“Or he might have been sacked!” said Ron enthusiastically. “I mean, everyone hates him —”
“Or maybe,” said a very cold voice right behind them, “he’s waiting to hear why you two didn’t arrive on the school train.”
Harry spun around. There, his black robes rippling in a cold breeze, stood Severus Snape.”
“Azkaban - the wizard prison, Goyle." said Malfoy, looking at him in disbelief. "Honestly, if you were any slower, you'd be going backward.”
“It is our choices, Harry, that show what we truly are far more than our abilities.”
“And I must draft an advertisement for the Daily Prophet, too,' he added thoughtfully. 'We'll be needing a new Defense Against the Dark Arts teacher.... Dear me, we do seem to run through them, don't we?”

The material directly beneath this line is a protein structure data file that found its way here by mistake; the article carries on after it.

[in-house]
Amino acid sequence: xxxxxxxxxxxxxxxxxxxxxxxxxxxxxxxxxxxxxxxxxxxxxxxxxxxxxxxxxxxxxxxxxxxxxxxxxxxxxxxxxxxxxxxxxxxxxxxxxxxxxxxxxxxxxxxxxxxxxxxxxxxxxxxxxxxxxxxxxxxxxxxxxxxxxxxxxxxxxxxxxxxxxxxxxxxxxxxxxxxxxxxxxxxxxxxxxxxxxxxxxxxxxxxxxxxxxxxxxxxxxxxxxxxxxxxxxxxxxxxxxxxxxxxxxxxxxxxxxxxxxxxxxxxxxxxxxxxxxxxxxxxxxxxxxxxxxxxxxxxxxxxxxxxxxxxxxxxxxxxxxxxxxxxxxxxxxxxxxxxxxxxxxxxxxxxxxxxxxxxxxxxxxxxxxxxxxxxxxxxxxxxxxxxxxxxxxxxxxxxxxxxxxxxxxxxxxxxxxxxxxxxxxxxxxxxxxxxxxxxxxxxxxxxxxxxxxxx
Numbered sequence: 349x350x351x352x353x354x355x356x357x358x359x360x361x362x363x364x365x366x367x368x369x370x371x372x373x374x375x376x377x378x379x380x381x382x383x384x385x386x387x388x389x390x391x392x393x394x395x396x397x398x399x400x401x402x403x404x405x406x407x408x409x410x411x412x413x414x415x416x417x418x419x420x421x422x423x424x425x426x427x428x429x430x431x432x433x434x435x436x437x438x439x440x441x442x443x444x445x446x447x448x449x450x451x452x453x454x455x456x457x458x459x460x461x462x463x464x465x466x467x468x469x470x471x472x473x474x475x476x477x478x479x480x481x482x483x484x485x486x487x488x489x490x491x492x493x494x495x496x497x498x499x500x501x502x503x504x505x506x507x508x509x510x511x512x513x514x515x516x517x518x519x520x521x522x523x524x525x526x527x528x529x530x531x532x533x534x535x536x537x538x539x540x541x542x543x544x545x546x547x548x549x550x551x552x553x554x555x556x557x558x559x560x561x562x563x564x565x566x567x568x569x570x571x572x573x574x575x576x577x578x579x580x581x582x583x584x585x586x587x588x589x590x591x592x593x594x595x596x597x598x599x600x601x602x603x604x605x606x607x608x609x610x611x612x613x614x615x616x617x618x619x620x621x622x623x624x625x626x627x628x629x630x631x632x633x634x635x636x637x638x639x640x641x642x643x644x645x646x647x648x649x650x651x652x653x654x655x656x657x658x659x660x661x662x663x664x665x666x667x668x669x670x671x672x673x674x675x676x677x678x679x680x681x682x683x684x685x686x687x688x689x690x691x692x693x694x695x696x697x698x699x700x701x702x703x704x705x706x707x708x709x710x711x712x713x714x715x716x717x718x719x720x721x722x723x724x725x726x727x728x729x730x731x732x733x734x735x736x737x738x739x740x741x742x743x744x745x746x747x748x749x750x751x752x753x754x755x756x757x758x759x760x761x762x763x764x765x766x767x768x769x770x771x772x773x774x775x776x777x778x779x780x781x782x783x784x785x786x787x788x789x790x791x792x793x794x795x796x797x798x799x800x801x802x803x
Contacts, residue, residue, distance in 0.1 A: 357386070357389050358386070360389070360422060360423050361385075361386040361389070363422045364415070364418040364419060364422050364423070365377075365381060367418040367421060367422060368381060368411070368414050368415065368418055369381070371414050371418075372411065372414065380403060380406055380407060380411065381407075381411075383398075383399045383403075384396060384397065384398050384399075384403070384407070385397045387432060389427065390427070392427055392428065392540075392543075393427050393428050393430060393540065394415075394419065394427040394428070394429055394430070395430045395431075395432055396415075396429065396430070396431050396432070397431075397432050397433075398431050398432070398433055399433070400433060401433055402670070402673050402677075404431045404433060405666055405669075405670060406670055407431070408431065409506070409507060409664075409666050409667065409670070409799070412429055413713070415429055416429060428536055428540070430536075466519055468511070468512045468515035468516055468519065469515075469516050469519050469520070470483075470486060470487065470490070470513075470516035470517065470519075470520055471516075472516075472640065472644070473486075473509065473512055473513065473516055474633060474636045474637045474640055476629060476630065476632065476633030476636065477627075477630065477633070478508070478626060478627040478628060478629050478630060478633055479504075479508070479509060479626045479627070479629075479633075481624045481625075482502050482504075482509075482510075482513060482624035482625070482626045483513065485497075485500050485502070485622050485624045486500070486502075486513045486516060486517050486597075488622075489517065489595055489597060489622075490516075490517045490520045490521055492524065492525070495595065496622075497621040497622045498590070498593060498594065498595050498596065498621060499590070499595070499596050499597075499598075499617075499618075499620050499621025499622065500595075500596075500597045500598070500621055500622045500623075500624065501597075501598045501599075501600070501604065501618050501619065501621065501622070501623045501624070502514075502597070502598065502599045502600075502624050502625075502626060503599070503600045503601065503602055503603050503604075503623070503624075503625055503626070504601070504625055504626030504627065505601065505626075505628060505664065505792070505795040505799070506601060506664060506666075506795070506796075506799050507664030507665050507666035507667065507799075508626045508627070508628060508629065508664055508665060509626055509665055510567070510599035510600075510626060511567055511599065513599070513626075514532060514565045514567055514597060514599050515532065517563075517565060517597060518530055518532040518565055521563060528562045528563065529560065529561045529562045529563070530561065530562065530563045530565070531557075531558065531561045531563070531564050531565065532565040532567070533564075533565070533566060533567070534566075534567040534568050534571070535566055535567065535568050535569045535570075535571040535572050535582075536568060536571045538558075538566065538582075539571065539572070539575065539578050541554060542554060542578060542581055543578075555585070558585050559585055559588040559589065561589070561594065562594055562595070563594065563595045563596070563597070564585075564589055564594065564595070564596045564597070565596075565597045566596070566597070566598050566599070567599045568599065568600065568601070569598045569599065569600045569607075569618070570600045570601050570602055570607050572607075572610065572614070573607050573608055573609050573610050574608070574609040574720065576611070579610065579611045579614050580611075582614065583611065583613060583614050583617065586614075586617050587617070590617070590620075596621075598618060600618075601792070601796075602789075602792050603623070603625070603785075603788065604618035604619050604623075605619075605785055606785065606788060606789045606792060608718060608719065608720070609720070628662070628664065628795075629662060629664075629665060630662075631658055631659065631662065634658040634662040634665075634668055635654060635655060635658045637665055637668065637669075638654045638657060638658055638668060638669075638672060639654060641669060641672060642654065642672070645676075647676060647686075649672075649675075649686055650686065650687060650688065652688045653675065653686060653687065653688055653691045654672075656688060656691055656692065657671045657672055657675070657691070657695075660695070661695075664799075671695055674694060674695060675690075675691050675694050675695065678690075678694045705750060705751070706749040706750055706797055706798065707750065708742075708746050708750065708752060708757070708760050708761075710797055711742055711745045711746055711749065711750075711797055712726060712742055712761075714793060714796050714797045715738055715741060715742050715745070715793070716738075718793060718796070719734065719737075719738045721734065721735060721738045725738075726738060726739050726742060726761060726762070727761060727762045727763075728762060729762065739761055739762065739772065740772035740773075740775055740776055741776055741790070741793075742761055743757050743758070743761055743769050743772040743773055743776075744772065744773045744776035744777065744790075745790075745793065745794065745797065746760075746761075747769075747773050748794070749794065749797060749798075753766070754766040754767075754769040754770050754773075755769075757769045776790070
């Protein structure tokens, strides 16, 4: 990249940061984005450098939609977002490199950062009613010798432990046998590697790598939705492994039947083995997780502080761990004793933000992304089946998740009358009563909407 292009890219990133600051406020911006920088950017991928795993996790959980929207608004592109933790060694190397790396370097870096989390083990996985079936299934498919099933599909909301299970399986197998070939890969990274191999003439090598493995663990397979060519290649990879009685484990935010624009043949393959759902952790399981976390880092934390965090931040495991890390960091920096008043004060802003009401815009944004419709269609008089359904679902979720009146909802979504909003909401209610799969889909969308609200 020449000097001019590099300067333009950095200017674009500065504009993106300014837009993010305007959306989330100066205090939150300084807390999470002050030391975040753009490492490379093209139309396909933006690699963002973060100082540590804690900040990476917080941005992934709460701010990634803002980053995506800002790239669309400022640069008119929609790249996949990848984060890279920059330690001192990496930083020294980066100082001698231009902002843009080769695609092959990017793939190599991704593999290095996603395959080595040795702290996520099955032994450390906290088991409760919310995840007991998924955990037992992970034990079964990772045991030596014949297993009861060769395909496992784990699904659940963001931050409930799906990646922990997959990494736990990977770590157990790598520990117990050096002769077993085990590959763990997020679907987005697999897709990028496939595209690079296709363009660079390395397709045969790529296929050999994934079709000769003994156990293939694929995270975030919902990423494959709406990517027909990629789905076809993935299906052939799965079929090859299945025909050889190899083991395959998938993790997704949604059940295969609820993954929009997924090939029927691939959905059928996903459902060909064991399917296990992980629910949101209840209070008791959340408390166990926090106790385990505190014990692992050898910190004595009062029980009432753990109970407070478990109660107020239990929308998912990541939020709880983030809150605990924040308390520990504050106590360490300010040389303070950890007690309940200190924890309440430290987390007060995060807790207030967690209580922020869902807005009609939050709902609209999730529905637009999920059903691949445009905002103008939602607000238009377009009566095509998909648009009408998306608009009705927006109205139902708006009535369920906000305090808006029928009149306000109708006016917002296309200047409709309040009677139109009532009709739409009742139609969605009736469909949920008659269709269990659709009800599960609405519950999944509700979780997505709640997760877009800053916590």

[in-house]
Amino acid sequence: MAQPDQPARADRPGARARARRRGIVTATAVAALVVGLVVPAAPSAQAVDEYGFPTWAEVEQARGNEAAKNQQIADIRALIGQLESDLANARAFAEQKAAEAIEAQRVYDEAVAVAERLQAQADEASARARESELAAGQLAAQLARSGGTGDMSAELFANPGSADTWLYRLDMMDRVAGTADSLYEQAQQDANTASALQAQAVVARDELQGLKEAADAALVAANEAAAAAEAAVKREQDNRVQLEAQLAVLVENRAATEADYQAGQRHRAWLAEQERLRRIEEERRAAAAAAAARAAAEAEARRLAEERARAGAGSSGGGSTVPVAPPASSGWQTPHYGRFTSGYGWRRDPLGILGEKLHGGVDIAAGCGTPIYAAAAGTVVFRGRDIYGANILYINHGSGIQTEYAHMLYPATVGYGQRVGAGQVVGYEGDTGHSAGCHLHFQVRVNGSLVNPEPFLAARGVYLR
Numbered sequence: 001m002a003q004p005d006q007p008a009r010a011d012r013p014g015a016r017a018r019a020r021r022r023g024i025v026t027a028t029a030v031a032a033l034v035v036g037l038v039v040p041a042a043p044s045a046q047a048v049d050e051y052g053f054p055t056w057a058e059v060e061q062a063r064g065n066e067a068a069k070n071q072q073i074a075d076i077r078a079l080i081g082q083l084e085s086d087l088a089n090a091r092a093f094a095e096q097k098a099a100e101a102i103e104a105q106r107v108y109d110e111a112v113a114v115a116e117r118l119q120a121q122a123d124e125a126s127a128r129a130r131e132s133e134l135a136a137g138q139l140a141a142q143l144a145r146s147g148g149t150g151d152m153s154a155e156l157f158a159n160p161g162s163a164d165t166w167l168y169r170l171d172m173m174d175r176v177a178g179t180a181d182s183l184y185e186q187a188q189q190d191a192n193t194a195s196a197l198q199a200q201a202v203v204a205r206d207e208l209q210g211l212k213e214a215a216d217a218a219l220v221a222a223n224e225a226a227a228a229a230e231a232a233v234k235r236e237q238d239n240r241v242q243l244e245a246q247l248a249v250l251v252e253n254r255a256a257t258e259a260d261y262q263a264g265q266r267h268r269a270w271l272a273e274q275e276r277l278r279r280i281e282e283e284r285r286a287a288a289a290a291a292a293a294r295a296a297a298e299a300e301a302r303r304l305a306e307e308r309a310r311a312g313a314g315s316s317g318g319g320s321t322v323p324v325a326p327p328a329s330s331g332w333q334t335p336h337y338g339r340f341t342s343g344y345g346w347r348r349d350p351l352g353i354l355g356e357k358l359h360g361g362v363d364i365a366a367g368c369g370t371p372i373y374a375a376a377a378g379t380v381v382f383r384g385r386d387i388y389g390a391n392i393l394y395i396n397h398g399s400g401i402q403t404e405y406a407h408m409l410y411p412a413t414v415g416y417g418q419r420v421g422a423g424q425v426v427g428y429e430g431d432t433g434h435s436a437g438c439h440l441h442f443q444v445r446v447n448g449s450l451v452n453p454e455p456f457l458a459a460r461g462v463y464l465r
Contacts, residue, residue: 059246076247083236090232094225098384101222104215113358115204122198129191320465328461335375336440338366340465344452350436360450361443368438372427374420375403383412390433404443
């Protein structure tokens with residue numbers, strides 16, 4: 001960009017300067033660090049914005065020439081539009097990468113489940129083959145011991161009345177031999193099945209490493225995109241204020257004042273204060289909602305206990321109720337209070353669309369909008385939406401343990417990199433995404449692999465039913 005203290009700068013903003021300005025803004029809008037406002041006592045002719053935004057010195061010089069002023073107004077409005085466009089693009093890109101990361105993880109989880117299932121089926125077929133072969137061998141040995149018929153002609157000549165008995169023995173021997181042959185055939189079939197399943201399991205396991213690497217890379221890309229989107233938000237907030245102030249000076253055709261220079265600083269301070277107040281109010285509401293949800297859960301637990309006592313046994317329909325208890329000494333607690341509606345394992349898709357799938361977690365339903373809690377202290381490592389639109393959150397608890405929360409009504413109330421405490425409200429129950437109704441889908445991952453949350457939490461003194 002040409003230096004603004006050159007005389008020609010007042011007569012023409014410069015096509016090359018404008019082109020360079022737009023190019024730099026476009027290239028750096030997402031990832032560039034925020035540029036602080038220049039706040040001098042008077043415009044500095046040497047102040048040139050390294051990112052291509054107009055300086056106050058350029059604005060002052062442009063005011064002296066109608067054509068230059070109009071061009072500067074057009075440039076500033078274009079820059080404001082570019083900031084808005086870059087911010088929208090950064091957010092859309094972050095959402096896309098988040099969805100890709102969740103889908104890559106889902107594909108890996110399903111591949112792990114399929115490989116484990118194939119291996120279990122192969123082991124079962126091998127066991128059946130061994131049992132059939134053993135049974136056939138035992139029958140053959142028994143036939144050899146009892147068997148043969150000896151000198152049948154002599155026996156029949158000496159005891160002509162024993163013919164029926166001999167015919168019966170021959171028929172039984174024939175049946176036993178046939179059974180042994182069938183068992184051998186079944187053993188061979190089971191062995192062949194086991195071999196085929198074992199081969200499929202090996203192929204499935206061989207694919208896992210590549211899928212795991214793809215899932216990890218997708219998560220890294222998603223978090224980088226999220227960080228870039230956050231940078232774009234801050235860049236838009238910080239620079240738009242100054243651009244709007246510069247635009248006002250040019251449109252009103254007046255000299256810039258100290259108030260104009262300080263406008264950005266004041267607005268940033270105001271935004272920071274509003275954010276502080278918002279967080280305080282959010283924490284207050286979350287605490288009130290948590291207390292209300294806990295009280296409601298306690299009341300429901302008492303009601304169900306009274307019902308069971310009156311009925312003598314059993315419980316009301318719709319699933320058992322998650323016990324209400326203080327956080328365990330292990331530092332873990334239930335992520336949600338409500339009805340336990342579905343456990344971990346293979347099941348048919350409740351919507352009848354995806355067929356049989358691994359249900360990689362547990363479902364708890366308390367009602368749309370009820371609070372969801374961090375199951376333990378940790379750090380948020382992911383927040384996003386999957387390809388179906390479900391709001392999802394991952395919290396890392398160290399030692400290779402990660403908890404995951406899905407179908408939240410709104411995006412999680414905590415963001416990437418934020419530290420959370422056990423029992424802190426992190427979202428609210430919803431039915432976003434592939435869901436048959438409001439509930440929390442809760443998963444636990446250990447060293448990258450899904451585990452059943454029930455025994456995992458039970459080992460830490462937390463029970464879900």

“Famous Harry Potter," said Malfoy. "Can't even go to a bookshop without making the front page.”
“The poor things keep calling in those – those pumbles, I think they're called – you know, the ones who mend pipes and things – "
" – exactly, yes, but of course they're flummoxed.”
“Oh, Potter, you rotter, oh, what have you done,
You’re killing off students, you think it’s good fun — ”
“At this point in the course, everyone in the room despised Akiko, but suddenly he admired her courage to think so differently and to suggest such a difficult truth. He felt lucky to be at a university and not in most other settings, where the person in charge was always right. Nevertheless, until he really listened to Akiko disagree with the professor, he had not thought for himself fully, and it had never occurred to him to disagree in public.”